Ivan Ilych had come back for a short time only, for he had to take up his new duties on the 10th of September. Moreover, he needed time to settle into the new place, to move all his belongings from the province, and to buy and order many additional things: in a word, to make such arrangements as he had resolved on, which were almost exactly what Praskovya Fedorovna too had decided on.[2]
И теперь, когда все устроилось так удачно, и когда они сходились с женою в цели и, кроме того, мало жили вместе, они так дружно сошлись, как не сходились с первых лет женатой своей жизни. Иван Ильич было думал увезти семью тотчас же, но настояния сестры и зятя, вдруг сделавшимися особенно любезными и родственными к Ивану Ильичу и его семье, сделали то, что Иван Ильич уехал один.[3]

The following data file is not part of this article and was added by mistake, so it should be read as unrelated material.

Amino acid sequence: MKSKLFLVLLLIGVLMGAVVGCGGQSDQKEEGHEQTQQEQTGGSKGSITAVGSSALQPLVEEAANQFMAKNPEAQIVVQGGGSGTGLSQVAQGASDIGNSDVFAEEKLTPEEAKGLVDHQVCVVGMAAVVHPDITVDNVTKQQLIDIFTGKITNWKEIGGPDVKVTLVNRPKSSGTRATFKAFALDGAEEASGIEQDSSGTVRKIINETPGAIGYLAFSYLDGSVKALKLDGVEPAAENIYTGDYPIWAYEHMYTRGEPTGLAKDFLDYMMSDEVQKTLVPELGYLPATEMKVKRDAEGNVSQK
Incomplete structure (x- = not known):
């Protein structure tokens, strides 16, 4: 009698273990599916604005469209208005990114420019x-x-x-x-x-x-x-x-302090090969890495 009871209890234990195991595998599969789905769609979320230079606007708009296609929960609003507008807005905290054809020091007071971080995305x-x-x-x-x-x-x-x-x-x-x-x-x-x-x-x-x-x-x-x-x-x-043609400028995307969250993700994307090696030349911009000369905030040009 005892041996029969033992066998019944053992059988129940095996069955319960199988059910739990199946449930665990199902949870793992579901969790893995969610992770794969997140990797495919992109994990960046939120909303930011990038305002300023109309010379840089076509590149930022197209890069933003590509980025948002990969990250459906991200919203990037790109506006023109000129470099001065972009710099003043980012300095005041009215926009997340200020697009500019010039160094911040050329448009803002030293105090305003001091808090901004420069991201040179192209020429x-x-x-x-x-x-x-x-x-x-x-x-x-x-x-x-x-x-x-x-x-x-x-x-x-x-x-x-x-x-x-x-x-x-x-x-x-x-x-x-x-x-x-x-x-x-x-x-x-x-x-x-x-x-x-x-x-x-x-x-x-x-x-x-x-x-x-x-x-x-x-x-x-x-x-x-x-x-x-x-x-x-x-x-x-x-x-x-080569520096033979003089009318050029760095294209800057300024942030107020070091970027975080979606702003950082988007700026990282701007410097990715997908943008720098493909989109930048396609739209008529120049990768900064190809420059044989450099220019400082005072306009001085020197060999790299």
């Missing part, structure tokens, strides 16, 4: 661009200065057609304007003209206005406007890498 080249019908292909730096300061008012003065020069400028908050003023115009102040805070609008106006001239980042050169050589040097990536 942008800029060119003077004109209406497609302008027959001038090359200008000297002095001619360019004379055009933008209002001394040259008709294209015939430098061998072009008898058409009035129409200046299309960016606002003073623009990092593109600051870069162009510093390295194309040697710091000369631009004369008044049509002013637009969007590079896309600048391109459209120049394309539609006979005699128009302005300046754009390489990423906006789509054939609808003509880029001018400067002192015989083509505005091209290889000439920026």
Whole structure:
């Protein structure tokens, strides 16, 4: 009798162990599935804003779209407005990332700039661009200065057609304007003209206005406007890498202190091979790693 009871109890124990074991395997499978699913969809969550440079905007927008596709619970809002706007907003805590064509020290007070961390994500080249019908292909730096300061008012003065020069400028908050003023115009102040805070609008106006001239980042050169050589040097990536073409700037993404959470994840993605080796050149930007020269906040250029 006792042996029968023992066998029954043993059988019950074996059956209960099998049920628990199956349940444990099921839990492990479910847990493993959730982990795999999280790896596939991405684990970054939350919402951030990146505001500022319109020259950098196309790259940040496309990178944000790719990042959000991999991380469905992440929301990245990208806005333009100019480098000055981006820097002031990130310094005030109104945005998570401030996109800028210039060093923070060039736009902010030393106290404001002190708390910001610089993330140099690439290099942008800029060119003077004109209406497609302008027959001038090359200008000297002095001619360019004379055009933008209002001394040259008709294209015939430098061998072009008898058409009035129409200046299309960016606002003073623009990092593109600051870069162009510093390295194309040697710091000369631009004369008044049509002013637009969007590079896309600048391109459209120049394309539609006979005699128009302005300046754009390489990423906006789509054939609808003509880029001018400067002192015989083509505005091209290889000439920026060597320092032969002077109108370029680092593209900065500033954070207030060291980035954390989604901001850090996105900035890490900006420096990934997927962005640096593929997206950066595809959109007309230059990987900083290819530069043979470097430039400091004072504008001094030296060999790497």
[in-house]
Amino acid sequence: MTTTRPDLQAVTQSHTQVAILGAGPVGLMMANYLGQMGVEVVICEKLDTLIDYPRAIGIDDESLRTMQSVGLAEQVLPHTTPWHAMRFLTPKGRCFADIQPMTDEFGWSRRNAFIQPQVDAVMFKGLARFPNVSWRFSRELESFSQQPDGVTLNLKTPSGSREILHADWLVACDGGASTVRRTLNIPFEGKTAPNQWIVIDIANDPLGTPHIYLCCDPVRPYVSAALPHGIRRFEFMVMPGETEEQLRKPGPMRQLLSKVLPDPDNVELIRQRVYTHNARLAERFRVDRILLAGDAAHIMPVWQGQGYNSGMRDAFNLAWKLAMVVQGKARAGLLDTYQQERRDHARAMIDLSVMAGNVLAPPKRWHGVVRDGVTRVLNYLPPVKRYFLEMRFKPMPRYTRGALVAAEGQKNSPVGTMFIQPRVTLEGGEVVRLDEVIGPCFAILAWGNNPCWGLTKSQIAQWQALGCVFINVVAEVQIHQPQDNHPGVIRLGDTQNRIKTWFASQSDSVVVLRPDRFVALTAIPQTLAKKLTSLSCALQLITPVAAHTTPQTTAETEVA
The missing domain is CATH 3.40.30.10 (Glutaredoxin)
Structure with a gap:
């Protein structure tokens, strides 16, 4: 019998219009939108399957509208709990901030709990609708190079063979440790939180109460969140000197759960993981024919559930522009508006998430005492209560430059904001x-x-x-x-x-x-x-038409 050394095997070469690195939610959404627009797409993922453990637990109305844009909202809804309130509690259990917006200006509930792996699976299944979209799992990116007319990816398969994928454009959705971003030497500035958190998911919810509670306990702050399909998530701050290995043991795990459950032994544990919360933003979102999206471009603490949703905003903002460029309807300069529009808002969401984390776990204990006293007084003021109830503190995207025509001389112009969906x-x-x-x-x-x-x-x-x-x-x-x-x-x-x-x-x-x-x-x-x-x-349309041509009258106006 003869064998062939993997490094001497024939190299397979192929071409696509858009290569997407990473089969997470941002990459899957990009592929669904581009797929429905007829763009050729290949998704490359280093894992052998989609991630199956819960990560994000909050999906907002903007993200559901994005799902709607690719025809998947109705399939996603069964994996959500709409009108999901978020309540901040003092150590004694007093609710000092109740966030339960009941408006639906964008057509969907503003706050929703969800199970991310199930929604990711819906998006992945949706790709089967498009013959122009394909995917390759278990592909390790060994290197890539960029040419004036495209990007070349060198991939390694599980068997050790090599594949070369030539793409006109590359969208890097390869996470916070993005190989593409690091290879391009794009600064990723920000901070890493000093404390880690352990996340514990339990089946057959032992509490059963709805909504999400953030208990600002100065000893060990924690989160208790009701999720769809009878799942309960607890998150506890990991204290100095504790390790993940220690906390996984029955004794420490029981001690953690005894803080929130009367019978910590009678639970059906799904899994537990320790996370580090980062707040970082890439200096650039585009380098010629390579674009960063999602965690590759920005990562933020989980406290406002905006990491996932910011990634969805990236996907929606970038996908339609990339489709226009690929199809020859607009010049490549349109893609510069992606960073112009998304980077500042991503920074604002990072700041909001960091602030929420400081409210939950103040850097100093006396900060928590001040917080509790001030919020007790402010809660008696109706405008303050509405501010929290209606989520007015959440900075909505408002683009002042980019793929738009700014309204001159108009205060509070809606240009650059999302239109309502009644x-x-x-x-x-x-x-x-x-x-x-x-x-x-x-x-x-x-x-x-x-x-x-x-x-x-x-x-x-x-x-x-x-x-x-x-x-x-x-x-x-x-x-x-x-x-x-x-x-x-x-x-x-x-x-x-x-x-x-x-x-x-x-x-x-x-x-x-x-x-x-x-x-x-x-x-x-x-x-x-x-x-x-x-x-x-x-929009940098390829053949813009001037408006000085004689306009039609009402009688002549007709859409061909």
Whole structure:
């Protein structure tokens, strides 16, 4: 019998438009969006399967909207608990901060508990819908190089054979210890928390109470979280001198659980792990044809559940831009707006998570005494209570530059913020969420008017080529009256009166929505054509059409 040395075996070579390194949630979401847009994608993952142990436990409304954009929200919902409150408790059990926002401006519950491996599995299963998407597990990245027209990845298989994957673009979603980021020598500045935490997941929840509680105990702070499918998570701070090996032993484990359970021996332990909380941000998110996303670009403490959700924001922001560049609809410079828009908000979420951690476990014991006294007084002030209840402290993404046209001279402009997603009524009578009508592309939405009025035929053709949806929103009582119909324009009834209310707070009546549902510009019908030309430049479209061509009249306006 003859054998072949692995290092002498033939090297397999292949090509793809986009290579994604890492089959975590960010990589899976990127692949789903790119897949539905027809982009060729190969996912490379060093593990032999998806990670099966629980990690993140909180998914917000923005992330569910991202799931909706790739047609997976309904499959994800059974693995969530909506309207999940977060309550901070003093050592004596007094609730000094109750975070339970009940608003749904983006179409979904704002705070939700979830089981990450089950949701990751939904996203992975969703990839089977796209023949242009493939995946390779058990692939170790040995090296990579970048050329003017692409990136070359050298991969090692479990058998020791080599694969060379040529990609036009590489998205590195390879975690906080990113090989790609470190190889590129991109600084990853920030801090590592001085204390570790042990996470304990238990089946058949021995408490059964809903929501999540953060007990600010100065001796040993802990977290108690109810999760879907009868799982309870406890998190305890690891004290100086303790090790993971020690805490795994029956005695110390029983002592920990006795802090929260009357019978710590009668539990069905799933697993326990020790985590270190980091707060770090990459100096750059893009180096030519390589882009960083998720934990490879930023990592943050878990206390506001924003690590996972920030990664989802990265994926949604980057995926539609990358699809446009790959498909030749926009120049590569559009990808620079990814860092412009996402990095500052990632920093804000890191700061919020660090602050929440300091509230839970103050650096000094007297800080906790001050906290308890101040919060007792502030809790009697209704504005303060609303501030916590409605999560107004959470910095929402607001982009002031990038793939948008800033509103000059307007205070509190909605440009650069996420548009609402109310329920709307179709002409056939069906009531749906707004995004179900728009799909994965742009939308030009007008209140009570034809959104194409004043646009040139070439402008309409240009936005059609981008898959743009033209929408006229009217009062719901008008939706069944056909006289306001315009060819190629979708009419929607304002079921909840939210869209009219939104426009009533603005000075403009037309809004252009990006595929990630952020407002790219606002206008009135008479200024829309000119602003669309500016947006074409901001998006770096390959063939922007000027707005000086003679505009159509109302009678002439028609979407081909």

Now that everything had happened so fortunately, and that he and his wife were at one in their aims and moreover saw so little of one another, they got on together better than they had done since the first years of marriage. Ivan Ilych had thought of taking his family away with him at once, but the insistence of his wife’s brother and her sister-in-law, who had suddenly become particularly amiable and friendly to him and his family, induced him to depart alone.[3]